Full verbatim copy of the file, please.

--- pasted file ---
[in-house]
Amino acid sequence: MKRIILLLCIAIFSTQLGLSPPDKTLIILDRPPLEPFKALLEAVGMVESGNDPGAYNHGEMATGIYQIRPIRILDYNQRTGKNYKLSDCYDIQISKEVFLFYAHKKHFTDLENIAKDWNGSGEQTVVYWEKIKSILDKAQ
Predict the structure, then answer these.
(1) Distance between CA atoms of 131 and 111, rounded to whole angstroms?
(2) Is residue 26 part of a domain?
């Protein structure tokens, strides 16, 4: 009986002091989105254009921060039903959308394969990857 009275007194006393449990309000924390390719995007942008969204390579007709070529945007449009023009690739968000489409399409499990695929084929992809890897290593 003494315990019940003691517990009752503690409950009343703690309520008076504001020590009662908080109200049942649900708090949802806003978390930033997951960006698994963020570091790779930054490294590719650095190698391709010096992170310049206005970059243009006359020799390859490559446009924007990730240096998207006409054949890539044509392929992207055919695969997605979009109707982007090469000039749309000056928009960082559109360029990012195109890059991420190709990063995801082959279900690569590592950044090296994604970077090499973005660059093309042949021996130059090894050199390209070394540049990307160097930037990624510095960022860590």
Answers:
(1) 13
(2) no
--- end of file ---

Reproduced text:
[in-house]
Amino acid sequence: MKRIILLLCIAIFSTQLGLSPPDKTLIILDRPPLEPFKALLEAVGMVESGNDPGAYNHGEMATGIYQIRPIRILDYNQRTGKNYKLSDCYDIQISKEVFLFYAHKKHFTDLENIAKDWNGSGEQTVVYWEKIKSILDKAQ
Predict the structure, then answer these.
(1) Distance between CA atoms of 131 and 111, rounded to whole angstroms?
(2) Is residue 26 part of a domain?
């Protein structure tokens, strides 16, 4: 009986002091989105254009921060039903959308394969990857 009275007194006393449990309000924390390719995007942008969204390579007709070529945007449009023009690739968000489409399409499990695929084929992809890897290593 003494315990019940003691517990009752503690409950009343703690309520008076504001020590009662908080109200049942649900708090949802806003978390930033997951960006698994963020570091790779930054490294590719650095190698391709010096992170310049206005970059243009006359020799390859490559446009924007990730240096998207006409054949890539044509392929992207055919695969997605979009109707982007090469000039749309000056928009960082559109360029990012195109890059991420190709990063995801082959279900690569590592950044090296994604970077090499973005660059093309042949021996130059090894050199390209070394540049990307160097930037990624510095960022860590």
Answers:
(1) 13
(2) no